Andy Murray, Teddy Riner
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A battle of Olympic champions took place in a unique setting, atop the Grande Arche de la Defense in central Paris on Wednesday.

British tennis player Andy Murray took up judo for a sponsor event. He did so against the world’s most formidable judoka, Frenchman Teddy Riner.

They faced off nearly 400 feet above the streets below and then posed for photos in front of the Avenue Charles de Gaulle, with the Arc de Triomphe far off in the distance.

Murray is one of the Olympic tennis greats with singles gold medals from 2012 and 2016, plus a mixed doubles silver with Laura Robson in 2012.

Riner is more dominant. He, too, took gold in 2012 and 2016. The 6-foot-8, 290-pound native of Guadeloupe hasn’t lost anywhere since 2010, racking up some 100 straight match wins.

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MORE: Serena Williams comments on 2020 Olympics during pregnancy

@AndyMurray & @TeddyRiner held their ground on top of La Défense, Paris. #IWILL

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British Olympic legends receive knighthoods, damehoods

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LONDON (AP) — Andy Murray received a knighthood in Queen Elizabeth II‘s New Year’s Honors list on Friday, recognition from the monarch for reaching the pinnacle of tennis by winning his second Wimbledon and Olympic titles on his way to topping the rankings.

The 29-year-old Murray was previously named an Officer of the Order of the British Empire, or OBE, in 2012 after becoming Olympic champion for the first time.

Joining Murray in being knighted in British sports is Mo Farah, who retained his Olympic 5000m and 10,000m titles in Rio, becoming the first British track and field athlete to win four Olympic gold medals.

“I’m so happy to be awarded this incredible honor from the country that has been my home since I moved here at the age of eight,” Farah said Friday. “Looking back at the boy who arrived here from Somalia, not speaking any English, I could never have imagined where I would be today — it’s a dream come true.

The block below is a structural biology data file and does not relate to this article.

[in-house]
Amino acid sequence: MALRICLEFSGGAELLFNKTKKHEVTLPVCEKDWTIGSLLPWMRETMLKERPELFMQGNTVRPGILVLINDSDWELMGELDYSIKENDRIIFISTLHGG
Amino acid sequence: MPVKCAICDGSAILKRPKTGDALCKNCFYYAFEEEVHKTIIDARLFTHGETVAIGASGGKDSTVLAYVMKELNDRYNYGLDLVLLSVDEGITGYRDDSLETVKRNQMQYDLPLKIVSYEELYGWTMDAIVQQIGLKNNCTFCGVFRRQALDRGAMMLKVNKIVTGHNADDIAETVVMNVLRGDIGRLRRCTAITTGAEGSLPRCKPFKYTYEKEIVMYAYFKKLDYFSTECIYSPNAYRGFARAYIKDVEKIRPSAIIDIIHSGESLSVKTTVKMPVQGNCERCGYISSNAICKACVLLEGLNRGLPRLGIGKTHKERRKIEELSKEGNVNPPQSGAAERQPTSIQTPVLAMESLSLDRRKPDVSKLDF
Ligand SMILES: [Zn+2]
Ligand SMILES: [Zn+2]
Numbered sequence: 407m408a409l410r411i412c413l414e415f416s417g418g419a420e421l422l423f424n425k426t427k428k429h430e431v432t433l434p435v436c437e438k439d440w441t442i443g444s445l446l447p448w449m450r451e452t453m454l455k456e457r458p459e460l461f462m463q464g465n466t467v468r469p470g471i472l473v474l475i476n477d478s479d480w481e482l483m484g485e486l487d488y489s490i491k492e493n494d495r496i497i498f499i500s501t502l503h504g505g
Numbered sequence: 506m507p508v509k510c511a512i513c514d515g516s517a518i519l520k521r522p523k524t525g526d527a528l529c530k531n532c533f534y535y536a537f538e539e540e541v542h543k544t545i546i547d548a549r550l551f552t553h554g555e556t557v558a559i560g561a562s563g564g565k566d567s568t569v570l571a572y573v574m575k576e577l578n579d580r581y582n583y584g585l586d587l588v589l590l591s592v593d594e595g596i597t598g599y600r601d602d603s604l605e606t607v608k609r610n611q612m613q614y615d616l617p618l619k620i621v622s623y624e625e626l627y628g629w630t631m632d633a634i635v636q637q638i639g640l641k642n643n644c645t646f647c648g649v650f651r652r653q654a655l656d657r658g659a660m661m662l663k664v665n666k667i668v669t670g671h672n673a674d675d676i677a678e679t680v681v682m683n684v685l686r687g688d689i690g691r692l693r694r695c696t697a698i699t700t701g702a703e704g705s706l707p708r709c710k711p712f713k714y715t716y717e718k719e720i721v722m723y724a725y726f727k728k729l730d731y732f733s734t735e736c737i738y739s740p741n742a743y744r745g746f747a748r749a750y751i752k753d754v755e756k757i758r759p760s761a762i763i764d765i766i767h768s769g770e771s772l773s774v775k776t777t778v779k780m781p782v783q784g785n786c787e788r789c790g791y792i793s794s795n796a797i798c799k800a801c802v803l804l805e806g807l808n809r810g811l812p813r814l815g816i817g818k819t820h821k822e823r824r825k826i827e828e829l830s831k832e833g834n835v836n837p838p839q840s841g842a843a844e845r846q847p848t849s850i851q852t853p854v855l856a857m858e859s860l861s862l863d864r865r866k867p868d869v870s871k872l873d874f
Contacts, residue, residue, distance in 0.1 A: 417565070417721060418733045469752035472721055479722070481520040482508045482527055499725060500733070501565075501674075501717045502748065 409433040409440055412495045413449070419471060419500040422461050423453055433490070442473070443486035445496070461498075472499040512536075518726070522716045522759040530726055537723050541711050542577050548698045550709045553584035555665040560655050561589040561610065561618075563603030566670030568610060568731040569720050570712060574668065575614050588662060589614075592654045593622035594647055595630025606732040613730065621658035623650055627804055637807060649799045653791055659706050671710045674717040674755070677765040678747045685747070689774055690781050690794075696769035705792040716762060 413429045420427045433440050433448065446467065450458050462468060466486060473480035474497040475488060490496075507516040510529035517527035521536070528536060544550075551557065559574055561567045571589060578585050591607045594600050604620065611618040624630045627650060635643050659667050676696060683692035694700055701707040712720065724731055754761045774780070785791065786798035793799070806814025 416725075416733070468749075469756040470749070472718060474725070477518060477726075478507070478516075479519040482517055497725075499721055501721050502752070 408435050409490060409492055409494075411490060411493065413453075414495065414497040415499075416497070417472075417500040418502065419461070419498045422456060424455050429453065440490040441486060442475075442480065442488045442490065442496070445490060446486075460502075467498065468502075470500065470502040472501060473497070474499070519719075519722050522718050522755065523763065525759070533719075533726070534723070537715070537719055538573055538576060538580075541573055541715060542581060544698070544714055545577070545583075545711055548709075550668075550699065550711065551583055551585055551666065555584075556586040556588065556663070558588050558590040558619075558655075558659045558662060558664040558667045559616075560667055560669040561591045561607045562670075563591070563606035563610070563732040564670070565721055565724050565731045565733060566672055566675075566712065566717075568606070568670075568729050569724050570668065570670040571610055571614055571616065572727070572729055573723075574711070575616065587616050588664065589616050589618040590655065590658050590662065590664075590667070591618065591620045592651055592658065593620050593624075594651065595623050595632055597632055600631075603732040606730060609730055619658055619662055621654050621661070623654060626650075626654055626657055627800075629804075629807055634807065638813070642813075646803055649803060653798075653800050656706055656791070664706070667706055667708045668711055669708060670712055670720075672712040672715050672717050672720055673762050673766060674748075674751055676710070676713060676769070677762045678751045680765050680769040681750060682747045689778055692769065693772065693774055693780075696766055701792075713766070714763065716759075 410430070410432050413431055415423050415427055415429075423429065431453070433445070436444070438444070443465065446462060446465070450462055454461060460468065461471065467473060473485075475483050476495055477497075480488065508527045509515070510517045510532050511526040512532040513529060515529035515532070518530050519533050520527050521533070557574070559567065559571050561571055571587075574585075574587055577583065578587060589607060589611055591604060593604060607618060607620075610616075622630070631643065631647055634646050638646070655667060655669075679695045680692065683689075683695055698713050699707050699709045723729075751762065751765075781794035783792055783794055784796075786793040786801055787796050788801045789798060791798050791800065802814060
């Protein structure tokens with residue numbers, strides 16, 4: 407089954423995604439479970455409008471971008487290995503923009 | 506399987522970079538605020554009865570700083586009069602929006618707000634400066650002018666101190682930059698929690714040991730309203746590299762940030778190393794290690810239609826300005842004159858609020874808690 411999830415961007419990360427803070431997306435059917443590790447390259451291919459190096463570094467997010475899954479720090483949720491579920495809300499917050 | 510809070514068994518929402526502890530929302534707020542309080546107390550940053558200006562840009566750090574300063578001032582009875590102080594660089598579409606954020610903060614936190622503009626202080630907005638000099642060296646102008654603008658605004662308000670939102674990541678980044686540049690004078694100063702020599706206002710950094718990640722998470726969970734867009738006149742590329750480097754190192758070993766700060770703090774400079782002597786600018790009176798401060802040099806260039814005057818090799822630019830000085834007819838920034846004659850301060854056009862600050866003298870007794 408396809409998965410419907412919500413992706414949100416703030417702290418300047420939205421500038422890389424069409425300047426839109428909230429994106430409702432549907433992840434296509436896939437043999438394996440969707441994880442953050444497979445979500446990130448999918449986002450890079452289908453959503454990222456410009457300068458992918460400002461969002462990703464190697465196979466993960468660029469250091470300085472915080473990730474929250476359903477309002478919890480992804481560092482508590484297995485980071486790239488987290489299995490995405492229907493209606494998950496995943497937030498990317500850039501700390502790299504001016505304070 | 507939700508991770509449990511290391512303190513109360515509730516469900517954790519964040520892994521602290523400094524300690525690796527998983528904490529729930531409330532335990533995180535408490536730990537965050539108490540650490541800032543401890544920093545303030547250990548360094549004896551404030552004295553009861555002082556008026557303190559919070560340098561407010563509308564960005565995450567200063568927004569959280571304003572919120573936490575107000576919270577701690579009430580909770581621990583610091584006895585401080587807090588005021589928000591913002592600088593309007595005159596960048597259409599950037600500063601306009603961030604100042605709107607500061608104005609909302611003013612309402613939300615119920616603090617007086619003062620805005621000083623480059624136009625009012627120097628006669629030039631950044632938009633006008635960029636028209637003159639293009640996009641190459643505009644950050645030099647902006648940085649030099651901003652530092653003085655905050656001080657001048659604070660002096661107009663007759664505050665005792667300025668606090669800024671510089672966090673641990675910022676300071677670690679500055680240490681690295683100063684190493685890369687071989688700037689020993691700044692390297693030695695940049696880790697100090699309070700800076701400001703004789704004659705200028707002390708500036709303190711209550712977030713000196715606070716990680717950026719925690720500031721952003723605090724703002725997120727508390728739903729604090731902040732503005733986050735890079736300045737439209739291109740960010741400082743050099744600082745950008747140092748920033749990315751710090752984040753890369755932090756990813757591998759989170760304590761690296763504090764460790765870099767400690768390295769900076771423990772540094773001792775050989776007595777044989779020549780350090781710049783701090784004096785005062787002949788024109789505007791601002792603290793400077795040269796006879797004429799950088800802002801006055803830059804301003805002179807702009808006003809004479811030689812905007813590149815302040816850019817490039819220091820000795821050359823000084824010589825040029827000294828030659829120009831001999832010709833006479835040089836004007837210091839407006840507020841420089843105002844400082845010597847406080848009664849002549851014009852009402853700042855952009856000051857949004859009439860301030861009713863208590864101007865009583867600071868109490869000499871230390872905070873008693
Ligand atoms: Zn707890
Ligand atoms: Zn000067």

“I’m so proud to have had the opportunity to race for my country and win gold medals for the British people, who have been my biggest supporters throughout my career.”

Lee Pearson, who won his 11th Paralympic gold in equestrian in Rio, was also knighted. He already held the MBE, OBE and CBE for services to equestrianism and to disabled sport.

Damehoods went to heptathlete Jessica Ennis-Hill and rower Katherine Grainger, who both retired from competitive action following the Rio Olympics.

Ennis-Hill added silver in Rio to her gold at London, as did Grainger, who came out of retirement to compete in the double sculls alongside Vicky Thornley.

Knights are addressed as “Sir” or “Dame.” Recipients of the other honors have no title, but can put the letters after their names. The ranks for the Orders of the British Empire are Commander, Officer and Member, in descending order.

Britain’s honors are bestowed by the monarch, but recipients are selected by committees of civil servants from nominations made by the government and the public.

MORE: Great Britain’s most decorated Olympian retires